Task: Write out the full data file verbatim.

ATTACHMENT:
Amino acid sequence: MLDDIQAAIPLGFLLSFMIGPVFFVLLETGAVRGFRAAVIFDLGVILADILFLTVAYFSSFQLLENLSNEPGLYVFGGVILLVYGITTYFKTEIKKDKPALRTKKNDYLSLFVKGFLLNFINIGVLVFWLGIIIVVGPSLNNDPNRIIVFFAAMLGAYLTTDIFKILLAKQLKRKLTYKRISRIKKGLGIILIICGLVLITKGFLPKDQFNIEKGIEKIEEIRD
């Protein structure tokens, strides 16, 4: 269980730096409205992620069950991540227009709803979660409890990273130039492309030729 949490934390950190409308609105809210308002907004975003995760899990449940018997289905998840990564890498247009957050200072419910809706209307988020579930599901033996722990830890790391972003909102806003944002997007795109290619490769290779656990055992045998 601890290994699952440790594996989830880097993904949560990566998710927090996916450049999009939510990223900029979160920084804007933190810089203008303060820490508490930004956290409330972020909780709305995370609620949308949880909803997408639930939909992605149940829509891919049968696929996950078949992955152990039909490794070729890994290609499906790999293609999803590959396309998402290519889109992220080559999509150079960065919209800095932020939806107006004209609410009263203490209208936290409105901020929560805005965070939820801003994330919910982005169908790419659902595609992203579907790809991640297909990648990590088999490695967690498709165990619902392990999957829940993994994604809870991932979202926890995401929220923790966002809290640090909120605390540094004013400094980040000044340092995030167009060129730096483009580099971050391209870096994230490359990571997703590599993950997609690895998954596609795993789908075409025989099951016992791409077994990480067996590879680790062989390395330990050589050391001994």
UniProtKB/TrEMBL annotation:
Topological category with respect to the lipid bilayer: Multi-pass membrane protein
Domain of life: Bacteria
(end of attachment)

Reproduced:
Amino acid sequence: MLDDIQAAIPLGFLLSFMIGPVFFVLLETGAVRGFRAAVIFDLGVILADILFLTVAYFSSFQLLENLSNEPGLYVFGGVILLVYGITTYFKTEIKKDKPALRTKKNDYLSLFVKGFLLNFINIGVLVFWLGIIIVVGPSLNNDPNRIIVFFAAMLGAYLTTDIFKILLAKQLKRKLTYKRISRIKKGLGIILIICGLVLITKGFLPKDQFNIEKGIEKIEEIRD
């Protein structure tokens, strides 16, 4: 269980730096409205992620069950991540227009709803979660409890990273130039492309030729 949490934390950190409308609105809210308002907004975003995760899990449940018997289905998840990564890498247009957050200072419910809706209307988020579930599901033996722990830890790391972003909102806003944002997007795109290619490769290779656990055992045998 601890290994699952440790594996989830880097993904949560990566998710927090996916450049999009939510990223900029979160920084804007933190810089203008303060820490508490930004956290409330972020909780709305995370609620949308949880909803997408639930939909992605149940829509891919049968696929996950078949992955152990039909490794070729890994290609499906790999293609999803590959396309998402290519889109992220080559999509150079960065919209800095932020939806107006004209609410009263203490209208936290409105901020929560805005965070939820801003994330919910982005169908790419659902595609992203579907790809991640297909990648990590088999490695967690498709165990619902392990999957829940993994994604809870991932979202926890995401929220923790966002809290640090909120605390540094004013400094980040000044340092995030167009060129730096483009580099971050391209870096994230490359990571997703590599993950997609690895998954596609795993789908075409025989099951016992791409077994990480067996590879680790062989390395330990050589050391001994």
UniProtKB/TrEMBL annotation:
Topological category with respect to the lipid bilayer: Multi-pass membrane protein
Domain of life: Bacteria